A survey of the latest academic research has found that the schools with the most advanced sports science are the most likely to produce players in the best position to make the grade.
The report, which was presented by Sport Europe at the European University Games, finds that schools that are offering courses in sports science can significantly boost the prospects of developing the best athletes, particularly for boys.
This is because of the importance of having an advanced sports education and the emphasis on developing sports science skills in children.
It has also found that high-quality sports science education is a powerful way of reducing the risks of mental health problems for all young people, particularly young men and boys.
The research also found an urgent need to increase the number of sports science courses available for students.
The study, which also involved Sport Europe, found that while the number in the first year of secondary school has doubled over the past decade, the number offered by high-performing schools has fallen by 70 per cent.
This has been due to the decline in enrolment at elite schools, which has resulted in an increase in students dropping out of the sport, and this has reduced the amount of research being undertaken.
It is also estimated that the number available for sports science instruction is only around one in 20 high-scoring schools, and only one in six of these have a sports science programme.
A report by SportEurope, which is based at the University of Milan, shows that the total number of sporting science courses offered in the EU has risen by over 50 per cent over the last five years.
The proportion of students taking part in the courses has also increased by almost half, from 5 per cent to 12 per cent, with the proportion of pupils who completed their studies having increased from 25 per cent in the mid-1990s to 46 per cent now.
The majority of sports sciences courses are offered in sports halls, although there are some exceptions to this.
The SportEurope study, published in the European Journal of Sport Education, finds schools that offer courses in the following sports: field hockey, golf, tennis, cycling, golfing, rugby, swimming and diving have the most competitive enrolments.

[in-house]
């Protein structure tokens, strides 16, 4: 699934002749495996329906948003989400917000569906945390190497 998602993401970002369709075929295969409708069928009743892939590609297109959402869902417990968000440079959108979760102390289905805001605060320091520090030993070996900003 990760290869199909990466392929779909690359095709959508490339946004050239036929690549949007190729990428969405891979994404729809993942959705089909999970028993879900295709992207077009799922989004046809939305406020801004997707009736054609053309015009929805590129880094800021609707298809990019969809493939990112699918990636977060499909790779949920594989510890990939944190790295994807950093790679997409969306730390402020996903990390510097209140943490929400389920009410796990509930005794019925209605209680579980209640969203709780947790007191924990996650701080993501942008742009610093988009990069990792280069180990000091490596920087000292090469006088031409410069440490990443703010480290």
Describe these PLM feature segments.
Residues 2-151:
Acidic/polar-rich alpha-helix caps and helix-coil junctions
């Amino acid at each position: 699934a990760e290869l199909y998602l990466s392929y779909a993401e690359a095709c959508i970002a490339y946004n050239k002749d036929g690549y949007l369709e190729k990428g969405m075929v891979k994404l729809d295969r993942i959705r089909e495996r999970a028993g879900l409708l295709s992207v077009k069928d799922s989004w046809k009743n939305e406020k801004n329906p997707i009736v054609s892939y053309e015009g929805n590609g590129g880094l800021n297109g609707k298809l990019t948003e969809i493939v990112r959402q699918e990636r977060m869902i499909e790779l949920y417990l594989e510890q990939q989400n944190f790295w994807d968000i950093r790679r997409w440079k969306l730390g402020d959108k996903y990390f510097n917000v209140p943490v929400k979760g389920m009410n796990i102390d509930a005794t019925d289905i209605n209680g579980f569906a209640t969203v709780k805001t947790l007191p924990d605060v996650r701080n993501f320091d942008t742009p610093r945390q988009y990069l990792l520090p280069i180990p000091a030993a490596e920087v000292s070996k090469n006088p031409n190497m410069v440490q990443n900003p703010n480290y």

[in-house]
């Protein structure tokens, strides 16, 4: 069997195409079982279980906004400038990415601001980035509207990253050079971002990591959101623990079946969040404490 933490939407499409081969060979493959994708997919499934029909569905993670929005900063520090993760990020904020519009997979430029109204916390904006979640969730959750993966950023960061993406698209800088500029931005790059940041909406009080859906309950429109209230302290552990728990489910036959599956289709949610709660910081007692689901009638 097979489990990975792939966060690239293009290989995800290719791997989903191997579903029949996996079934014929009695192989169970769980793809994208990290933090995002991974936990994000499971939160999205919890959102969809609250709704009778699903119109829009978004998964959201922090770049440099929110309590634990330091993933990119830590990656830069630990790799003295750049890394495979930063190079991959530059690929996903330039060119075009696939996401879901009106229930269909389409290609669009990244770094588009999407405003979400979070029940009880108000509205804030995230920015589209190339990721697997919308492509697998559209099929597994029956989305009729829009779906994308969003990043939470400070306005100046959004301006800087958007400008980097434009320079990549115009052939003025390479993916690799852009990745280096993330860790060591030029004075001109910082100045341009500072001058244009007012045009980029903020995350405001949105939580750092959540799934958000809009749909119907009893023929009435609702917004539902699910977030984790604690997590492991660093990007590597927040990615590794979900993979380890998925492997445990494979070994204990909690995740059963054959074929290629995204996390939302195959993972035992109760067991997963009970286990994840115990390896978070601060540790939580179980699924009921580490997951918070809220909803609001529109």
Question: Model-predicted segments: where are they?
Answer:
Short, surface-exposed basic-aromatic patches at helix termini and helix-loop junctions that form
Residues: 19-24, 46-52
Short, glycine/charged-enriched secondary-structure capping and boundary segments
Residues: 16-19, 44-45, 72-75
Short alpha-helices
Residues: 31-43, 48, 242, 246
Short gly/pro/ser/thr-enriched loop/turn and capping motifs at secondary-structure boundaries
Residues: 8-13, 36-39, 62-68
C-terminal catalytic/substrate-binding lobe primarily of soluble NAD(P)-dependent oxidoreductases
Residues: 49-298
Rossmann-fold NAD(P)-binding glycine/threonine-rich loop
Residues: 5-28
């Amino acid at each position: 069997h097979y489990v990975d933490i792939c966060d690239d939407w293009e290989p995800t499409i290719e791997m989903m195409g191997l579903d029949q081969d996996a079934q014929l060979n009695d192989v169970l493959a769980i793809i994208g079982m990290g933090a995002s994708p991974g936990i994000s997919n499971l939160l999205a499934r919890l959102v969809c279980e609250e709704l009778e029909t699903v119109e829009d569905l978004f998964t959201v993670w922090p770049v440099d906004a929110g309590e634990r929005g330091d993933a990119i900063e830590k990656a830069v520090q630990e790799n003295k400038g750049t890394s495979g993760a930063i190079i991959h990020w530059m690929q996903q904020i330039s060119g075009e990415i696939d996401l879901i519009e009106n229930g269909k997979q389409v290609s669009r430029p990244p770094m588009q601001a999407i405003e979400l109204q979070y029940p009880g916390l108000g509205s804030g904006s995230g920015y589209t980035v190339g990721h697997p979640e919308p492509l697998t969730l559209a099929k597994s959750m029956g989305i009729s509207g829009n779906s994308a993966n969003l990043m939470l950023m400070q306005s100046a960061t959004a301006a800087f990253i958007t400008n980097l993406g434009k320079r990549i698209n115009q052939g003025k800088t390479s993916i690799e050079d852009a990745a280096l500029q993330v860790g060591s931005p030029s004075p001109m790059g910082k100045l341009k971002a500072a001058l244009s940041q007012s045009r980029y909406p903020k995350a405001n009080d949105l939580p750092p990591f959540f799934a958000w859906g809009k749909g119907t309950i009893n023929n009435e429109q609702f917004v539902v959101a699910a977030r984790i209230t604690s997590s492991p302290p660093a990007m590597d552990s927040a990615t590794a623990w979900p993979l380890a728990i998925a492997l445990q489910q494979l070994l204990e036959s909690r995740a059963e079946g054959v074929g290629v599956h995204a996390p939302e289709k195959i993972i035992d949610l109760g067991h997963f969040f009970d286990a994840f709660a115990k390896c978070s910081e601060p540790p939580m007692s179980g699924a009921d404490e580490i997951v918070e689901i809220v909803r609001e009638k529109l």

It found that in the past three years, there have been more than 2,400 sport science courses across the EU.
This includes courses in fields such as fencing, basketball, golf and volleyball.
This, in turn, has led to a reduction in the number courses offered by these schools in the same time period.
This also meant that in recent years, fewer courses have been offered in areas such as tennis, and the number that were offered in sport halls was also reduced.
The data also found a significant increase in the proportion who had completed a sports psychology course, which helps develop students’ understanding of psychological processes, particularly in relation to sports.
It also revealed that more than one in four high-achieving schools are offering some form of sports psychology.
According to the report, more than 30 per cent of the high-level sports psychology courses have students who have at least one sport psychology degree.
This means that the vast majority of high-ranking athletes and coaches in Europe can benefit from a degree in sports psychology, especially for those who have already taken part in a sport or who are already very successful.
It should be noted that there is no evidence that sport psychology courses are a good way to improve mental health in athletes, and should be avoided, as it can lead to the same problems as other forms of coaching.
The results of the study also suggest that in some schools, the sport science curriculum can lead students to take up sports as a hobby, without any knowledge of the physical demands of the game, or of its consequences for health.
This could potentially be a concern for those with physical or mental health conditions, particularly those who may be less active than their peers, or who may have a lower aerobic capacity.
Sports psychology has been recognised as an important part of the development of young athletes.
A recent report from the National Centre for Sport Education (NCSE) highlighted that the development and use of sport psychology in the young population was crucial for improving physical fitness.
The NCSE also noted that sports psychology was a key component of the national sports education curriculum in a number of European countries.
The organisation has also highlighted the importance that sports science has on the development, adaptation and growth of sport, particularly as a way to increase participation in sport.
In an interview with the Sport Italia website, Italian President Sergio Mattarella said that there was a need to have sports science as a subject for all schools, regardless of the number or type of students enrolled.
“I’m convinced that sports and the sciences, if pursued well, will create a better future for all.
I want all young citizens to be involved in sports, but also to develop their skills, as well as develop their mental health.
I also want to increase their ability to understand and apply sport science to their daily lives.